# Properly Charging NiMH Batteries that Have been Stored for Too Long

For a Robotics Project, I've purchased two equal NiMH batteries, seven months ago.

• PRODUCT = NiMH Battery 12V 3000mAh XT30 Connector [MH-FC] 20A Fuse 12-20

There is no indication of how the cells are internally arranged, but there are 10 of them.

Each cell, when measured from the outside measures roughly 40mm height and 22mm diameter.

• Battery 1 measures 12.93 V with a multimeter. Battery 1 has been used a few times, in short intervals.
• Battery 2 measures 12.68 V with the same multimeter. Battery 2 has never been used, I just removed it from the box to take the measurement.

After searching, I've learned that it is recommended to charge NiMH batteries that are not in use roughly every 6 months due to their self-discharge.

Failing to do so can lead the battery to become too depleted, damaging permanently the battery. Most sources, here on SE, stated that 0.9 V per cell is the indication you should recharge, and 0.8 V per cell is the absolute minimum threshold before things become dangerous.

I understand that measuring voltages is not a completely reliable way to assess NiMH battery state of charge, due to the flat profile of the discharge curve, holding 1.2 V per cell for most of region, then sharply decreasing. But I don't see any other way I can do this.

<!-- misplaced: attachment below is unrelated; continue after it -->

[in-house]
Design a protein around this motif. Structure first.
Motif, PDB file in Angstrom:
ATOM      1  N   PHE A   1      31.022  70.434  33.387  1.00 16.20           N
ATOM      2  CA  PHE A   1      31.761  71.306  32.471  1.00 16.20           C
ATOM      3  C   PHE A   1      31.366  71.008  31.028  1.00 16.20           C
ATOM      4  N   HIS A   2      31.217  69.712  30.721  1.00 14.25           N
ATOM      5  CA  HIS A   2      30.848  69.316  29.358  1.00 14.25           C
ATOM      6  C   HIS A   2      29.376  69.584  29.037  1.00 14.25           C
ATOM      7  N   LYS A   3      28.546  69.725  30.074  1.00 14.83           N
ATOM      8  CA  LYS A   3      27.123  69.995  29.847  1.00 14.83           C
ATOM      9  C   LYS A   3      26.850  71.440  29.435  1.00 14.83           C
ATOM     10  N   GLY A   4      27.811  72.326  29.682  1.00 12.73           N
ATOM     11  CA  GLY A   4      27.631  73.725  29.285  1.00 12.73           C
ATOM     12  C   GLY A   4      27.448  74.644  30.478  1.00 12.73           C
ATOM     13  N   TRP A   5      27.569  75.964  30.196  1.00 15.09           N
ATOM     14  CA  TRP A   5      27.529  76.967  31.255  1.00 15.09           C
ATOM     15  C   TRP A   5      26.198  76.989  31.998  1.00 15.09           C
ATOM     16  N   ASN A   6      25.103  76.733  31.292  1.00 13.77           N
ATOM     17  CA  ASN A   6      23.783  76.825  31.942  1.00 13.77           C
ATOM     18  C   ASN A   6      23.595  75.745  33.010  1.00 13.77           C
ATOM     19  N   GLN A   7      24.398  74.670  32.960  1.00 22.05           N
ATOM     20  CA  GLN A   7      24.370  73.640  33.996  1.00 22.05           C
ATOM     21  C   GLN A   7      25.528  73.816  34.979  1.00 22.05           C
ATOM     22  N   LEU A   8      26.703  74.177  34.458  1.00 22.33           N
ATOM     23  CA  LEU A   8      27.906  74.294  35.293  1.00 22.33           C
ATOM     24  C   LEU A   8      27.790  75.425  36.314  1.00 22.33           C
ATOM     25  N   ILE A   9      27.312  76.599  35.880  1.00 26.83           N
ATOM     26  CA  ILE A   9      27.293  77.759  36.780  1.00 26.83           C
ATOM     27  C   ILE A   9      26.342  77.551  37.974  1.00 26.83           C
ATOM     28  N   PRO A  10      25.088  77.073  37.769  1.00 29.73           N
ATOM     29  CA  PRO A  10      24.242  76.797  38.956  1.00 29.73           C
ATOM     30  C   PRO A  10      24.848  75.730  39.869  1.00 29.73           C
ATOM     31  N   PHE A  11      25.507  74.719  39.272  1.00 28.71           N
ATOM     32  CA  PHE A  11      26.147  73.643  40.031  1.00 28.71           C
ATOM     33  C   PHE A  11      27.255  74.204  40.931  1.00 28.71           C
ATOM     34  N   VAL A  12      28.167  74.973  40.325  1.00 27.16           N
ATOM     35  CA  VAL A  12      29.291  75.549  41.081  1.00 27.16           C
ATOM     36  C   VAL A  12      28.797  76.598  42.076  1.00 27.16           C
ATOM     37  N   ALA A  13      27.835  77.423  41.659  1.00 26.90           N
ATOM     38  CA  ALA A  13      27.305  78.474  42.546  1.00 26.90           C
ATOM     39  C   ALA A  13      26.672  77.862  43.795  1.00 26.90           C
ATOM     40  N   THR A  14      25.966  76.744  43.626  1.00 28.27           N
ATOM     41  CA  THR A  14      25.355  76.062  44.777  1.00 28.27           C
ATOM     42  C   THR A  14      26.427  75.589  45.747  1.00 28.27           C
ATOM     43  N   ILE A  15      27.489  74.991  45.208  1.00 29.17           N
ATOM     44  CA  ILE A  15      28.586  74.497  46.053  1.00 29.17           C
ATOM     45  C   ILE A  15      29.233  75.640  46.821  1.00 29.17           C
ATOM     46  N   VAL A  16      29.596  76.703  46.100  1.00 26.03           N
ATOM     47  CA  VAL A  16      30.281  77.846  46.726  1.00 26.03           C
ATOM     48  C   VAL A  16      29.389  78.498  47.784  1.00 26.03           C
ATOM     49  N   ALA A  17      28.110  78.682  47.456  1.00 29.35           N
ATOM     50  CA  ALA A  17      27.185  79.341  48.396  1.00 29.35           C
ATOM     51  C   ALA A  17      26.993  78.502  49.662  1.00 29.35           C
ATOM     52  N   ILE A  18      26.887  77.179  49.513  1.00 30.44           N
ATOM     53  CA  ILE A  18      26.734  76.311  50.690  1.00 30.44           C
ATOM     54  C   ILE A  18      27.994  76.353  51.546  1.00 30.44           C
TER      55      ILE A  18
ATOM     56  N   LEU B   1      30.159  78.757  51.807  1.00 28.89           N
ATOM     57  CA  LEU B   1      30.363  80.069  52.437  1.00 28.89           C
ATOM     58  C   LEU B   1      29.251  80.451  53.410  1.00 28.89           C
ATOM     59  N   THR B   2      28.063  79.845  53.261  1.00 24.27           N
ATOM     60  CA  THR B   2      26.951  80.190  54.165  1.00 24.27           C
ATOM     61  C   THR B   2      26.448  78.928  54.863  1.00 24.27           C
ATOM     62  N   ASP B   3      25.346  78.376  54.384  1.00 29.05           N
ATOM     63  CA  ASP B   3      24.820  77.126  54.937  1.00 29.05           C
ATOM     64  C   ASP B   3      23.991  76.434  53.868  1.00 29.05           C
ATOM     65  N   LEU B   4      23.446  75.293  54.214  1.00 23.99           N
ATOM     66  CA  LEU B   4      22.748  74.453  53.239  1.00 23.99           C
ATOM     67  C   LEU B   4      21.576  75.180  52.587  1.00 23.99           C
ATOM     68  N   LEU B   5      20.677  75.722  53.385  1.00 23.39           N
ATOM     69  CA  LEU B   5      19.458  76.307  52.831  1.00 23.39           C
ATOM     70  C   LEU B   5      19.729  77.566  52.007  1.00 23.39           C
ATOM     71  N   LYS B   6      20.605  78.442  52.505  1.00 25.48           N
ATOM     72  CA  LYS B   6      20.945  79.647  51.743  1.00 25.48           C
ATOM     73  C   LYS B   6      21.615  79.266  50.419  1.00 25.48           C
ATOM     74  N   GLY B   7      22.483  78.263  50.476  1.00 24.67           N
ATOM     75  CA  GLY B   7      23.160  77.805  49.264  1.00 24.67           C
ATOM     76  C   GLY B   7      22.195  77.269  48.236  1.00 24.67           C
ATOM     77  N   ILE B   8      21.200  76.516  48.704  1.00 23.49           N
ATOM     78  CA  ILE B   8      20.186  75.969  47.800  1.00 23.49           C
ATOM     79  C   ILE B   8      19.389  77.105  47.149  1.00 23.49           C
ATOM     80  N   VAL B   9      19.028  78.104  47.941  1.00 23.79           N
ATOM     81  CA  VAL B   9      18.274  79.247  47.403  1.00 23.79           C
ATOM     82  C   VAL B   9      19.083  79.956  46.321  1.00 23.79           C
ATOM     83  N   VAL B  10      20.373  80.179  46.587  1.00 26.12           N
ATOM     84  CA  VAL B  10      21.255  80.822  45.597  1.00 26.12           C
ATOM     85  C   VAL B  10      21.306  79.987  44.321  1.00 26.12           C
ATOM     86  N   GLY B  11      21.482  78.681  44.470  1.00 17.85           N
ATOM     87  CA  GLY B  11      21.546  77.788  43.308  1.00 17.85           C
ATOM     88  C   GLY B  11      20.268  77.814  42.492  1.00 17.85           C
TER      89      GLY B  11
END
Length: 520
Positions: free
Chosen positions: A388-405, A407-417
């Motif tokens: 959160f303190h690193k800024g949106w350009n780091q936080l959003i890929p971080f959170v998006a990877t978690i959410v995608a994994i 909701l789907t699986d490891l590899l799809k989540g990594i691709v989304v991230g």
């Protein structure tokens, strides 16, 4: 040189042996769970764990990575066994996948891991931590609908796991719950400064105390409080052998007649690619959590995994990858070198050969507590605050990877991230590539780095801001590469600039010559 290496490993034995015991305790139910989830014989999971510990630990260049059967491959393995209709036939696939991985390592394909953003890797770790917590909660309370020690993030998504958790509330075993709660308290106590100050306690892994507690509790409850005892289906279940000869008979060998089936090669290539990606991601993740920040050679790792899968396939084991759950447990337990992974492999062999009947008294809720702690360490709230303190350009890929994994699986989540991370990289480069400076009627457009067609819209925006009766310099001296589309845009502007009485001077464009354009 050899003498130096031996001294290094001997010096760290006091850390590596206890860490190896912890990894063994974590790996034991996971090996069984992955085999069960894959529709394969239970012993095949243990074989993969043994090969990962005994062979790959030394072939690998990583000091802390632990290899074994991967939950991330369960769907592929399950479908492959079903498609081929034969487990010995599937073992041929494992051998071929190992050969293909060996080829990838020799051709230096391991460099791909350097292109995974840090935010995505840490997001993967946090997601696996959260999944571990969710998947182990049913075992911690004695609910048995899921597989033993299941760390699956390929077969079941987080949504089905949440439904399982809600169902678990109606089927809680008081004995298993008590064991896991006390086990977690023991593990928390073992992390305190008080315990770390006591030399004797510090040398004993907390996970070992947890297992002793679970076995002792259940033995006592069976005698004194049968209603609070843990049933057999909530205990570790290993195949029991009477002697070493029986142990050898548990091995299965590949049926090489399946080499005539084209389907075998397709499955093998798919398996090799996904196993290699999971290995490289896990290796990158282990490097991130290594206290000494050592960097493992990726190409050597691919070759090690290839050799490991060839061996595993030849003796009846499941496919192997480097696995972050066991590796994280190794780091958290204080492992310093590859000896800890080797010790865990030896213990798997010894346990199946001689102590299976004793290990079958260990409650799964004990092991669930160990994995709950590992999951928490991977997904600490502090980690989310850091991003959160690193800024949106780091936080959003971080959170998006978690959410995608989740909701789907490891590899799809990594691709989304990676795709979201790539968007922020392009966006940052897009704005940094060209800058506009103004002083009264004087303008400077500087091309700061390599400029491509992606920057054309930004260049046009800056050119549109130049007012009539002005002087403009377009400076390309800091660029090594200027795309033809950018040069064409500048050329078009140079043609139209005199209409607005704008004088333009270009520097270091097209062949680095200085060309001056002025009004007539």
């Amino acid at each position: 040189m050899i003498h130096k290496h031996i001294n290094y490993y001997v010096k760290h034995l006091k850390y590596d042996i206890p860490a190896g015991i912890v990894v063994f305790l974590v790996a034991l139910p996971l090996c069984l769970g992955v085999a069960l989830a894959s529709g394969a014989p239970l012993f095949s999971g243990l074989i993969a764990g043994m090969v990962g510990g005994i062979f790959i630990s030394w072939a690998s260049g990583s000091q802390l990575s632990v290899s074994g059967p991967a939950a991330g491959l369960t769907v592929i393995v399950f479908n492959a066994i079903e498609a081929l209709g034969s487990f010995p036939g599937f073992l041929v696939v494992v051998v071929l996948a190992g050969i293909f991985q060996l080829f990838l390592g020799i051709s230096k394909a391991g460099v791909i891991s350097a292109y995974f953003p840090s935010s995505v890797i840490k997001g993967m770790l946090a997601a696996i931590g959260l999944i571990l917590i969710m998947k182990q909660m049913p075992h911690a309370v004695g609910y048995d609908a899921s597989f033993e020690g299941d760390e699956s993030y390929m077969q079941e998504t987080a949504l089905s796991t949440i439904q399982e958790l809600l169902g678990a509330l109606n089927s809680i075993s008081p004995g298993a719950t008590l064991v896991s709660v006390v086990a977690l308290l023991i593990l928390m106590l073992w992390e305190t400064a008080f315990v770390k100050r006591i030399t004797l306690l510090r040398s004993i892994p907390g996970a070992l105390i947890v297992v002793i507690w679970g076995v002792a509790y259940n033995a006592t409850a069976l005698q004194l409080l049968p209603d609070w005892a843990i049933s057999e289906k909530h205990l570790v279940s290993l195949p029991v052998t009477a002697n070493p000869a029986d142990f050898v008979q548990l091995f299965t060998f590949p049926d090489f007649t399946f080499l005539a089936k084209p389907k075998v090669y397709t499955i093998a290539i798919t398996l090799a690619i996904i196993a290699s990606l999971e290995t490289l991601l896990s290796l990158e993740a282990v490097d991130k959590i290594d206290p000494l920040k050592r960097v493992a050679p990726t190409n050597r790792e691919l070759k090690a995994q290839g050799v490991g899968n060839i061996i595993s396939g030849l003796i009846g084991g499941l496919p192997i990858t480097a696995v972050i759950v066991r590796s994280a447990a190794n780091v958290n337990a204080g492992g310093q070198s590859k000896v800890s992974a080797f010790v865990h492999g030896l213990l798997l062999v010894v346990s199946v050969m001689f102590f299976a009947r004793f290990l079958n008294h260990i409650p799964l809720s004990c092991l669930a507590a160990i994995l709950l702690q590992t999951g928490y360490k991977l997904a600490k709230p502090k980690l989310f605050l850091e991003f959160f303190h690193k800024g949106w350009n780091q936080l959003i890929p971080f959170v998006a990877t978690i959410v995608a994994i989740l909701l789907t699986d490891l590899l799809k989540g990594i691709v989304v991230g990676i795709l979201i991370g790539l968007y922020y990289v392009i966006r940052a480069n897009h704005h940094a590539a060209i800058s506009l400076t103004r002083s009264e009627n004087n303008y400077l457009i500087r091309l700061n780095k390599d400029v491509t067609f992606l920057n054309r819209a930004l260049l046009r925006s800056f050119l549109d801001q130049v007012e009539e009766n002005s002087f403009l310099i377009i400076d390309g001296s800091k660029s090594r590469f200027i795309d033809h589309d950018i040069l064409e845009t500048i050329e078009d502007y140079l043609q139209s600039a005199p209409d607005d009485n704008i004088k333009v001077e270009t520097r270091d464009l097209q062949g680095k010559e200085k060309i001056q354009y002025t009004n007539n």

My balanced charger, an IMAX B6 AC Dual Power Balancer, by SKYRC, says in the manual (page 6. v2.20),

"Never attempt to charge or discharge the following types of batteries ... A battery that is already fully charged or just slightly discharged."

• Question 1: Can I assume that these batteries are 10S, and do this practice: If battery voltage is below 0.9*10 = 9 V, then it is time to charge it.

• Question 2: The Web says charge it every 6 months, the manual says don't charge a slightly discharged battery. Which recommendation should I follow in this case?

these batteries are 10S safe to assume
If battery voltage is below 0.9*10 = 9 V, you don't know whether it's one cell at 0 V and 9 at 1.0 V. With "no load" voltage, I might go for 10 V instead (knowing the same argument applies).